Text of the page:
Cold, water contamination disrupt Intel production

28 Jan 2010

Water contamination and extreme temperatures disrupted production at computer-chip manufacturer Intel in Leixlip, Co Kildare.

The recent cold weather – the result of rapidly falling temperatures, reached -12C at the plant at one point, in what has been described by an Intel Ireland spokesman as a “unique situation” that severely affected the company.

A chronic shortage of rock salt is believed to behind concerns locally that ammonia and nitrates may have contaminated water after local authorities used an agricultural fertiliser to replace the salt component in grit on roads.

Pure water is required for Intel’s manufacturing processes and the company does have its own pumping station on site. It’s not equipped to test for ammonia, however, and water samples had to be sent off-site for analysis.

Several sources confirmed that production at Intel’s Fab-10 plant – an older plant that produces lower-end products such as flash memory – was shut down while the issue was resolved. Intel representatives, however, would not comment on production at the Leixlip plant.

The company brought tankers of water into the site as a contingency plan.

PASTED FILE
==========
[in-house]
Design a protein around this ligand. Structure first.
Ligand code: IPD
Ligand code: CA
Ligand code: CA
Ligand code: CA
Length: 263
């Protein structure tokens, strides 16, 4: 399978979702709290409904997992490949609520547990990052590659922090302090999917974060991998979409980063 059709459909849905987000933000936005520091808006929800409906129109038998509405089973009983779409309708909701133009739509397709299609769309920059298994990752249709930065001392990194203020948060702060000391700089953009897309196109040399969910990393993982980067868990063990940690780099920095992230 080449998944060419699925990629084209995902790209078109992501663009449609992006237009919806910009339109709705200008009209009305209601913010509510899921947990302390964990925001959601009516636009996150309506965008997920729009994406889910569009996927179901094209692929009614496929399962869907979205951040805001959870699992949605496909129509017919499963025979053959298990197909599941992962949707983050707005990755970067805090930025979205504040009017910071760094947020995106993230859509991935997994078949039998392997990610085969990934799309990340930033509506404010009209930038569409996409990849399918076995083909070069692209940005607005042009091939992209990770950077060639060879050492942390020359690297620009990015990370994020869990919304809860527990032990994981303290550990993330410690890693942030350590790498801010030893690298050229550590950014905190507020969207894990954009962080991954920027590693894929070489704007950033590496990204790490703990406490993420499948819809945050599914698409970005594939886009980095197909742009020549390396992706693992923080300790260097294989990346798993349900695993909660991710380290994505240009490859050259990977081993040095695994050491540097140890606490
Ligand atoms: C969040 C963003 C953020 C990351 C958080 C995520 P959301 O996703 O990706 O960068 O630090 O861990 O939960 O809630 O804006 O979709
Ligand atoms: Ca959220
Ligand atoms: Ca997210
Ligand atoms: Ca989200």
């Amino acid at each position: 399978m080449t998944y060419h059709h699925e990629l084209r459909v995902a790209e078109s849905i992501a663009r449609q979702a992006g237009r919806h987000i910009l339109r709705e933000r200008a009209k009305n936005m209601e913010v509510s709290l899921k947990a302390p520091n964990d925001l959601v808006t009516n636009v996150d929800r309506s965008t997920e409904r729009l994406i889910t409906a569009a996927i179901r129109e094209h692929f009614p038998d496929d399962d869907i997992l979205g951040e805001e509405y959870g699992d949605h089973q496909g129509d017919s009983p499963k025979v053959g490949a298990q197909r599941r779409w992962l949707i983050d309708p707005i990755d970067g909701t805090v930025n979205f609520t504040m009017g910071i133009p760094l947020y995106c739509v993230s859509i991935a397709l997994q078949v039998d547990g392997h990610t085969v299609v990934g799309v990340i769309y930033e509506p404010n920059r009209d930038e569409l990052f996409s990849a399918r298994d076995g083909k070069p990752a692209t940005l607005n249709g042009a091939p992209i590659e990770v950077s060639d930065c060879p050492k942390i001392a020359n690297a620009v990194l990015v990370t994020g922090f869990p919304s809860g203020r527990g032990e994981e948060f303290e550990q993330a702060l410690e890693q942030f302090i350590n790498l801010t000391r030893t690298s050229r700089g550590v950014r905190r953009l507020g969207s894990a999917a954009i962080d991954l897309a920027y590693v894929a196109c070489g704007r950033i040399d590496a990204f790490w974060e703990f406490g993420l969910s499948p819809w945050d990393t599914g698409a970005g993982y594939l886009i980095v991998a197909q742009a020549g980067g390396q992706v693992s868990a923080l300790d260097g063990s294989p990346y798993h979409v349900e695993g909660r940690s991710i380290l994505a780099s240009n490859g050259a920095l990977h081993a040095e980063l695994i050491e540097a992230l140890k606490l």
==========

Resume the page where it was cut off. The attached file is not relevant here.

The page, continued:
“Keeping production lines running is of paramount importance,” the company spokesman said.

The cost of the contingency plan has not yet been finalised. “Water levels are trending back down to normal,” the spokesman said.

A Kildare County Council spokesman, Charlie Talbot, said Fingal County Council had detected elevated levels of ammonia. Fingal County Council runs the water supply at the Leixlip reservoir. Talbot said corrective measures were taken.

He said the council had used urea on only one night, because it had damaged gritting equipment.

However, he said, it was more likely that the substance appeared in surface water rather than polluting the water table, and any effect would have been “limited”.

Intel employs 4,200 people and is Kildare’s largest employer. The US multinational makes computer chips which are used in 90pc of the world’s PCs.